“The tests that are available now do make confirmation of influenza much easier. But that does not fully explain all of the increase.

“These are only the confirmed cases, too. The majority of cases go through GPs, and the GP knows that a having a confirmed diagnosis is not going to change their advice. So these are just the ones where a swab has been taken to confirm flu.”

Dr Durrheim said people had “gotten used to the fact”flu could be catastrophic for the very old, and the very young.

“But we have seen it in Victoria this season as well, that people,previously considered very healthy, unfortunately get a really severe dose of influenza, and they get secondary complications and they just don’t do well at all.

“Influenza is no joke.”

He said approximately 20,000 hospitalisations across were caused by flu and its complications.

“The national influenza specialist group estimates that every average year in there are probably about 3500 deaths caused by flu,” Dr Durrheim said.

Mr Brown said his nephew –a keen fisherman and talented artist –had been working casually as a builder’s labourer before becoming ill about four weeks ago.

Tributes flow: Friends and family got behind Nathan Brown after he was struck down by influenza, raising close to $11,000 to support him via GoFundMe.

“On the Monday hewas feeling unwell, and he ended up at Belmont Hospital, and then they transferred him to John Hunter Hospital,” Mr Brown said.

“Then on Wednesday he went downhill very quickly. By that time he was put into an induced coma.

“It has been a very stressful time for his family and his friends.”

The family initiateda GoFundMe campaign, which hadbeen widely shared on social mediaand hadraised close to $11,000.

It was set up in the hope it would support Nathan in his rehabilitation and recovery.

Mr Brown said the people who had donated had been “fantastic,” and their comments of support had been “very humbling” for the family.

Mr Brown urged people to be “vigilant” and seek a second opinion if their flu symptoms did not improve, or if they felt something was “not quite right.”

He said thedoctors and nurses at the John Hunter hadbeen “absolutely amazing,” doing everything they could to help the former Belmont High student.

To contribute to the fundraising campaign, visitgofundme苏州夜总会招聘/2mnzmg-support-for-nathan.

Dr Durrheim said therehadbeen some concern that one of the strains covered in this year’sflu vaccinewas not as good ofa match to the viruses affecting peoplethis season.

He said a lab in Melbourne was currently analysing the flu strains that had been circulating in to find out “definitively” whether that was the case.

“They will know something within the next week or two,” he said.

“The northern hemisphere will be looking very closely at those results, because they have incorporated very similar strains in the vaccine they are using now in preparation for their winter season as well.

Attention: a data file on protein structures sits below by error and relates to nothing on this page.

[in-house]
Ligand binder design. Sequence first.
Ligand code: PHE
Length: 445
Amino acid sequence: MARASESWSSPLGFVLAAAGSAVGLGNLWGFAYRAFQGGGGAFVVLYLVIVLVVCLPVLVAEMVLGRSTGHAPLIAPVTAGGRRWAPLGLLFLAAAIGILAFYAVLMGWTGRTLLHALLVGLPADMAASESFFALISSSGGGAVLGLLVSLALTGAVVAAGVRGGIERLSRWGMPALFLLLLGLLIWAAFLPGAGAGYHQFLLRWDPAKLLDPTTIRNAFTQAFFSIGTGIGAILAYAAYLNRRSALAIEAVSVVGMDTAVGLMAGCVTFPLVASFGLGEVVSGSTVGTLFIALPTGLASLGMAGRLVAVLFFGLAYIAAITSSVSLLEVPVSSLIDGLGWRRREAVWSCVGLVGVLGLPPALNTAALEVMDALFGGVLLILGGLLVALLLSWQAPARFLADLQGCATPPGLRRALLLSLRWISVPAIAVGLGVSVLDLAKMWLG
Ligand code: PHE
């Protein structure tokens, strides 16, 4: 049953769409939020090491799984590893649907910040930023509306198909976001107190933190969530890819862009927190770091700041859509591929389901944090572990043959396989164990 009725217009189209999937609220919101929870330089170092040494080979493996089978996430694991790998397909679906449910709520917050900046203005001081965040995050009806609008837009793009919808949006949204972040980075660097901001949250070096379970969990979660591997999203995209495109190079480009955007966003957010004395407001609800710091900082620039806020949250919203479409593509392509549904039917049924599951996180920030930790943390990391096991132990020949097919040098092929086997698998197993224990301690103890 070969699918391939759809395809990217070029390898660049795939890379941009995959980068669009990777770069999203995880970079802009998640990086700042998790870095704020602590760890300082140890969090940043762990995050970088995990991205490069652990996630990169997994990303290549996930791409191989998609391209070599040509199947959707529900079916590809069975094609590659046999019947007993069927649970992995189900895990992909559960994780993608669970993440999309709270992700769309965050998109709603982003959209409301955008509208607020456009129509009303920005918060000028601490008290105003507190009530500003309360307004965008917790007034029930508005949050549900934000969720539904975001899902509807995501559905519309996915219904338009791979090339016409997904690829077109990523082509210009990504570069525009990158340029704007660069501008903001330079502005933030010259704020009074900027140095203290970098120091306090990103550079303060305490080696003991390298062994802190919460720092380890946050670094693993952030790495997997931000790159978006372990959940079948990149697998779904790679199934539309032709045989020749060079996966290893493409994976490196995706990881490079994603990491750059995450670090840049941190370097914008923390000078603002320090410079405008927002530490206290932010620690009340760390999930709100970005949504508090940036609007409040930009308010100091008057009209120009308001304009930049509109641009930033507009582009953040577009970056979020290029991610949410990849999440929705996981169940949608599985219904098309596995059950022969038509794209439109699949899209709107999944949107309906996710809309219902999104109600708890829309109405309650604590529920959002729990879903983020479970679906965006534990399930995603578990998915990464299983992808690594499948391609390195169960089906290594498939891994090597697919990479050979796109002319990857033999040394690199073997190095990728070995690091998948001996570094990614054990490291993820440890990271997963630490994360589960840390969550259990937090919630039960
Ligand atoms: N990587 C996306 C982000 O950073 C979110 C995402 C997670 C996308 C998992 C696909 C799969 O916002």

“Even though the vaccine is not a perfect vaccine, it isalways worth protecting yourself, particularly those that we know are more vulnerable.”

Peter Brown on nephew Nathan Brown

Home is not where the returns are

13/06/2019 | 苏州夜网 | Permalink

Despite representing only 2 per cent of the world’s gross domestic product, n self-managed superannuation fund investors on average have almost 70 per cent of their investment portfolios in n-focused assets.
SuZhou Night Recruitment

The preference for investors to allocate the majority of their capital within domestic markets is exhibited throughout the world, however ns’ love affair with local shares is one of the strongest in the world.

This can partially be explained by the unique and favourable franking imputation credits, which are particularly beneficial for investors in a low tax environment.

Such a benefit is not available in many overseas equity markets. Despite this, it is imperative that ns look outside their own market to achieve sufficient diversification within their investment portfolios.

There are many reasons why n investors should consider lessening the home bias within their portfolios; not the least because of the lack of diversification this represents within their portfolio.

The n market is concentrated predominantly around banks and mining companies, with the financials and materials sectors accounting for more than 55 per cent of the largest 300 companies listed on the ASX.

Further, many ns largest investment exposure is property through their principal residence and/or investment properties. The n property market is fundamentally tied to the banking sector, given the large concentration of retail bank assets held within residential mortgages.

This factor further reduces the diversification of portfolios with large exposures to both n property and the financial sector.

Another reason n investors should consider offshore investment is there are opportunities available overseas that are simply not able to be accessed through our domestic marketplace.